Freds Daughter, professional singer and musician.

Freds Daughter, professional singer and musician.

Is there any one song/piece, where if you could play it well, you’d feel like “Ok, now I play *good*”?  No one song comes to mind actually.  My goal is to be able to play/jam with other musicians.  My daughter is a professional musician and my dream would be to be good enough to jam with her and accompany her.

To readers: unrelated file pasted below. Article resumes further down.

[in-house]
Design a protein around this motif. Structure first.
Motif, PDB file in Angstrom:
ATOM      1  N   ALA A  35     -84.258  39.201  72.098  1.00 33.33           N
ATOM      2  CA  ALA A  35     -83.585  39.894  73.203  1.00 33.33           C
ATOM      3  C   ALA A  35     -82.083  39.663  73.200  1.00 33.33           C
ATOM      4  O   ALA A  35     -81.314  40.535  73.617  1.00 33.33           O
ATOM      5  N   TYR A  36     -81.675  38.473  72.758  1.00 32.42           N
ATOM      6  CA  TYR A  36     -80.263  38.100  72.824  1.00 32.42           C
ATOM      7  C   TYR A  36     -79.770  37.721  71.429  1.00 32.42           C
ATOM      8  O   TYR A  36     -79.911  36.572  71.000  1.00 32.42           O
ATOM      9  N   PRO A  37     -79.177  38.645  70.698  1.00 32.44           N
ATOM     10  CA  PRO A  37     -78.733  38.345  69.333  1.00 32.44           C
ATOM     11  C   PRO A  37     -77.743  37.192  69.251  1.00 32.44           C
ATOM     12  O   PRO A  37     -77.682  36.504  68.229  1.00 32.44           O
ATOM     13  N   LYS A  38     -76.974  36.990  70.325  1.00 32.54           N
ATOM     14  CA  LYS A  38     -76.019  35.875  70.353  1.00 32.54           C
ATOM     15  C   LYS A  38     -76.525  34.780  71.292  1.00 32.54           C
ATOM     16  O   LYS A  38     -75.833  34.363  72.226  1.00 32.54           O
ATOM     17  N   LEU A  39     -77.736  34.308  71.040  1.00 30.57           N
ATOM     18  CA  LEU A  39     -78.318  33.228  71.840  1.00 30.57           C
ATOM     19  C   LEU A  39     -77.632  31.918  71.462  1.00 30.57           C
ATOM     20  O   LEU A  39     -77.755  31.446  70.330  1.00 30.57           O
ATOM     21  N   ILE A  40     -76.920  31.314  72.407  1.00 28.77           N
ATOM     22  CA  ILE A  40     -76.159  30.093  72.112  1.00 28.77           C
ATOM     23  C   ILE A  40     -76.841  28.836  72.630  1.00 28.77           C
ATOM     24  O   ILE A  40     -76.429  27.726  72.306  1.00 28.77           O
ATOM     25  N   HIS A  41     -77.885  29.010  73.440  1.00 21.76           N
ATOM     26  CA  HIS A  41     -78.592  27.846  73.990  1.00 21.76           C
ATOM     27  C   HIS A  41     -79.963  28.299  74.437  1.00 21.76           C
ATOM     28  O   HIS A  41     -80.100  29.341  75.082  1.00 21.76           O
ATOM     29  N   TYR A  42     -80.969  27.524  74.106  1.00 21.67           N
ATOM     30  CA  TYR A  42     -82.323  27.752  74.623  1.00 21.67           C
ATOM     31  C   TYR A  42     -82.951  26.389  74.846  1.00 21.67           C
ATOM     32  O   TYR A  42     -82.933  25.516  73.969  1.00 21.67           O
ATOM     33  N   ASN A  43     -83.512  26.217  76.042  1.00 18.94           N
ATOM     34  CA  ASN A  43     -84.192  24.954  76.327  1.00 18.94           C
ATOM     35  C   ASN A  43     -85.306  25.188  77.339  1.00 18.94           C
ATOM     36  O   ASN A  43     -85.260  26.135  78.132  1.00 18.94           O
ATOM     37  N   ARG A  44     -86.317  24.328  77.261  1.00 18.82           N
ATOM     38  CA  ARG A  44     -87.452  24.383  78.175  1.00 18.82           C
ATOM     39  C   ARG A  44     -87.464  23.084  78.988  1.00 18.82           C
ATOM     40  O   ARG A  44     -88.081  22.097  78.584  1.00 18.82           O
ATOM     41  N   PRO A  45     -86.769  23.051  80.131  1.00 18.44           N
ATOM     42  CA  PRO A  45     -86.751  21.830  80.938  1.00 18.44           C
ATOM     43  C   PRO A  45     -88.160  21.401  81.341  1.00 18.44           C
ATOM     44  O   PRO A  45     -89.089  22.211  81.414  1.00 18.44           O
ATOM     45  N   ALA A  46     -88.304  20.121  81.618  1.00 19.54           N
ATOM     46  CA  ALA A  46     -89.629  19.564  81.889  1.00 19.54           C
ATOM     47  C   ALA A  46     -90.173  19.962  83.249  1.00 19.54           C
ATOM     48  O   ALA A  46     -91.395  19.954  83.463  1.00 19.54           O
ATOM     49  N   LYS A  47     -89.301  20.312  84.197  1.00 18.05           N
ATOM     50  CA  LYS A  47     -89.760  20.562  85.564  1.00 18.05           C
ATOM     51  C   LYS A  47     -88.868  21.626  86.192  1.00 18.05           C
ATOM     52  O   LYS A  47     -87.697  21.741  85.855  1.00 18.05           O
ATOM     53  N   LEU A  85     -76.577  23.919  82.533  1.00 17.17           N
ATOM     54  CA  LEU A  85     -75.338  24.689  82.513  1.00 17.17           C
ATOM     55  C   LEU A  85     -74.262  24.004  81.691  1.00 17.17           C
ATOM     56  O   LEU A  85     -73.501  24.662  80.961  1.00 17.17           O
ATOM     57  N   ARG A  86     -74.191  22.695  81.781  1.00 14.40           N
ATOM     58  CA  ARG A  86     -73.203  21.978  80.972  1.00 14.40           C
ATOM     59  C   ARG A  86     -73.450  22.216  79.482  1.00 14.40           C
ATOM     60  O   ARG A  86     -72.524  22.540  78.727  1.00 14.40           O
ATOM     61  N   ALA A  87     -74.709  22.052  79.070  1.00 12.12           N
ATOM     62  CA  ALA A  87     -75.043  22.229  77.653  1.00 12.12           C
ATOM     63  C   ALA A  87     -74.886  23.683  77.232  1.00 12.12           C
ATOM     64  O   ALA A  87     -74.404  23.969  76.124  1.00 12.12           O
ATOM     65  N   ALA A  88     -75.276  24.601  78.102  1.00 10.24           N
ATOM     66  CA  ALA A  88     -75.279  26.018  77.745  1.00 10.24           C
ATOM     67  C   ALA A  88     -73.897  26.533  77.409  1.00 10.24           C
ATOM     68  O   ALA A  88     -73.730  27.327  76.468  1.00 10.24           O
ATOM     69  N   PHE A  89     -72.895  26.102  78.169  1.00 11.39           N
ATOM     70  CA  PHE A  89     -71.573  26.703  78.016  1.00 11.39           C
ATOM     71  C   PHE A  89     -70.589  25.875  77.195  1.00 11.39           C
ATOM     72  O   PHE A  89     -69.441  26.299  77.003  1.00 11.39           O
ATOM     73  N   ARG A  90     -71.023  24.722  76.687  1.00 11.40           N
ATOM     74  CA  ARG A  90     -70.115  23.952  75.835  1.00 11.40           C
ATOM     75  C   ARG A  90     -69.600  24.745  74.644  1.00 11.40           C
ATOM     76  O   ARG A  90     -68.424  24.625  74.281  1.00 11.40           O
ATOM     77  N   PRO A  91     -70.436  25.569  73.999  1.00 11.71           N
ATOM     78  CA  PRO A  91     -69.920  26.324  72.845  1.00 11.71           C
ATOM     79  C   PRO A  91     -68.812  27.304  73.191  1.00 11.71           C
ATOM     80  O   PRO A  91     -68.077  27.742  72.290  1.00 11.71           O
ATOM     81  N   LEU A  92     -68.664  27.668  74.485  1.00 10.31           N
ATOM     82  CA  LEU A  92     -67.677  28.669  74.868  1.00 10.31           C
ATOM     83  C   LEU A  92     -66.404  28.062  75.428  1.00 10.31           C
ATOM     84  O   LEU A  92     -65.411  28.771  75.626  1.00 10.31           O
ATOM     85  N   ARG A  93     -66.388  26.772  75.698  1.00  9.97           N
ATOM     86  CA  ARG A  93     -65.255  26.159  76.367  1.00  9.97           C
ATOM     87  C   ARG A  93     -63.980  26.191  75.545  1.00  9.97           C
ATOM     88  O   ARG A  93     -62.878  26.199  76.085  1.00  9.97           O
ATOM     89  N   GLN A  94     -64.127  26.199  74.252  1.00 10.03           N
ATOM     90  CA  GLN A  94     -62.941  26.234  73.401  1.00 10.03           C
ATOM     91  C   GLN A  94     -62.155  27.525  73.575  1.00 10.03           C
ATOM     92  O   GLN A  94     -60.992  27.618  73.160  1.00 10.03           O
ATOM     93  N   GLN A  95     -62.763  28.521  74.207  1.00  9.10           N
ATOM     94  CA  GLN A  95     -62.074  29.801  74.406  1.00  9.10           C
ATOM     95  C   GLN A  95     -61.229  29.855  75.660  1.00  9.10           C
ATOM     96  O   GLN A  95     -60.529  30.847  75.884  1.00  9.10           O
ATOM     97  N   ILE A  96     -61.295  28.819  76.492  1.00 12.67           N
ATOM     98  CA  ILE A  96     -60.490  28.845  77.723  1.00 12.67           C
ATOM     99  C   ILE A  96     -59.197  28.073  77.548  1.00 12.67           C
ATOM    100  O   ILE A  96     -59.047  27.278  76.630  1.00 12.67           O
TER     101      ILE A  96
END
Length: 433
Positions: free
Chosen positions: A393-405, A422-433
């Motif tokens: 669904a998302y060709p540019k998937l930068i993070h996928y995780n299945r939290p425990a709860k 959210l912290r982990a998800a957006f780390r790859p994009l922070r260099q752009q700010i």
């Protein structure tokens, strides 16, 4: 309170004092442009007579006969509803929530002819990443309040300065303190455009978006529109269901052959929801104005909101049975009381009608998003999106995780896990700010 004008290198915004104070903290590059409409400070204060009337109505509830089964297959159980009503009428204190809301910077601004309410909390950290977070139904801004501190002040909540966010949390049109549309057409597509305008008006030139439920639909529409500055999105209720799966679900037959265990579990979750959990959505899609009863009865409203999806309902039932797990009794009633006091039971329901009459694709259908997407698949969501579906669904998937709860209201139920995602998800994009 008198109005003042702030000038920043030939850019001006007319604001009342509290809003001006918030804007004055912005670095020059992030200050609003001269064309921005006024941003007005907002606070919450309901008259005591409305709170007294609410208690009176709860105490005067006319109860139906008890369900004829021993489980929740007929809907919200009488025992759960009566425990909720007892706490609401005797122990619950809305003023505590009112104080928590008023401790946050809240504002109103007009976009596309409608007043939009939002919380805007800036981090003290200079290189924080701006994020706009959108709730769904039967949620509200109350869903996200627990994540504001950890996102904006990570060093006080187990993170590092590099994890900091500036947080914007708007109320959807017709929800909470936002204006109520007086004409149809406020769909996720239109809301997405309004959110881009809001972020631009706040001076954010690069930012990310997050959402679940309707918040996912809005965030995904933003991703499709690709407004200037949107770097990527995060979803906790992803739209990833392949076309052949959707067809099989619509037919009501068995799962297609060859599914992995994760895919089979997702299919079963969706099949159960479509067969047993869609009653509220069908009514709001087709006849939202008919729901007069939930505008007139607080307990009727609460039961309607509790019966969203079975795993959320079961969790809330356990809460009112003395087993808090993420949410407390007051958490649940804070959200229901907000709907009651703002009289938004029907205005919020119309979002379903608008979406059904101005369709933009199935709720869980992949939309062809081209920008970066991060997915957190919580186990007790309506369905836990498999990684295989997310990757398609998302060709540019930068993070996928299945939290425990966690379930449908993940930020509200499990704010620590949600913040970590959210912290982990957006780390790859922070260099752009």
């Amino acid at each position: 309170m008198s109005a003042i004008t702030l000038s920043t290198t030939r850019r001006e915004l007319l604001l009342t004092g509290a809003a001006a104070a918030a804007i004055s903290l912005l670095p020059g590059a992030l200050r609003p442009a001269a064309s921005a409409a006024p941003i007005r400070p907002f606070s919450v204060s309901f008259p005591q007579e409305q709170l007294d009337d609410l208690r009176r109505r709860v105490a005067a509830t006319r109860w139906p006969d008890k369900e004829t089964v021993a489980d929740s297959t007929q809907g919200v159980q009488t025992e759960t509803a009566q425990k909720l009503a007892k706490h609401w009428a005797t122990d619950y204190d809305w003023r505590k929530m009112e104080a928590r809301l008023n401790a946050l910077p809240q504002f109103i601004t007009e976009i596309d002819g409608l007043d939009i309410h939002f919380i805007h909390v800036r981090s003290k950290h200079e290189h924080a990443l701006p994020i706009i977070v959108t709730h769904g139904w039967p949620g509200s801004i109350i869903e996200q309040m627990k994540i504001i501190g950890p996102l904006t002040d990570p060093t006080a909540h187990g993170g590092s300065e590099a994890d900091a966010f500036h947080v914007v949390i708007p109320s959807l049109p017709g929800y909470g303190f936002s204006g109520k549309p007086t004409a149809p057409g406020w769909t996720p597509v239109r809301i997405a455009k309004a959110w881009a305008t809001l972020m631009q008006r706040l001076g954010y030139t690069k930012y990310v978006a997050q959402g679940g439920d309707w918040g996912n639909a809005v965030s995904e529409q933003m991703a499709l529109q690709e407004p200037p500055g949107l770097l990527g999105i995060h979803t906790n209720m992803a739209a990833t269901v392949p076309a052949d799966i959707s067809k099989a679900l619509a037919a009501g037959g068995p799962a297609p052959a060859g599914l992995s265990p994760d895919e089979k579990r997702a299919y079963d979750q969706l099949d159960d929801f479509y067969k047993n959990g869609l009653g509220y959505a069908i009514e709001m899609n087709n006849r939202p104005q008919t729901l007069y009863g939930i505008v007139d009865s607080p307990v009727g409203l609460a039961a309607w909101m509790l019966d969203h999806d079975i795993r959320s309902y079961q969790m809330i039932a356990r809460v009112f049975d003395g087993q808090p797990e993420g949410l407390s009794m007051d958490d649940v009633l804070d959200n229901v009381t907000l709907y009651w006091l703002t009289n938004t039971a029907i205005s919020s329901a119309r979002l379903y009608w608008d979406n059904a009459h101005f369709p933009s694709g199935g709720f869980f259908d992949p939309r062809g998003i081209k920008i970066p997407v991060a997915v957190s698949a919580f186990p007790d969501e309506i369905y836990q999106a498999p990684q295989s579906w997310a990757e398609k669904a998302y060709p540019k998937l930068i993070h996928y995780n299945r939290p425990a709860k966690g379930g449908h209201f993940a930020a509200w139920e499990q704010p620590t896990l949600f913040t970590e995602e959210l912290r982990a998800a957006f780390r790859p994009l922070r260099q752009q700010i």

When you are not playing violin/fiddle, what is your favorite pastime?  My favorite pastime isn’t “work”, but that’s what I seem to be doing a lot of lately!  It’s very depressing to admit, but I no longer participate in my lifelong passion because of my advanced years; I used to LOVE training in mixed martial arts (MMA) and fighting each week.  It was a very exhilarating sport and kept me in the best shape of my life; you tend to become very motivated to stay in great shape when you know the consequence for not doing so is most likely getting punched in the face, or worse.  So now I get my kicks from snowboarding, wakeboarding, photography, collecting contemporary art, and traveling.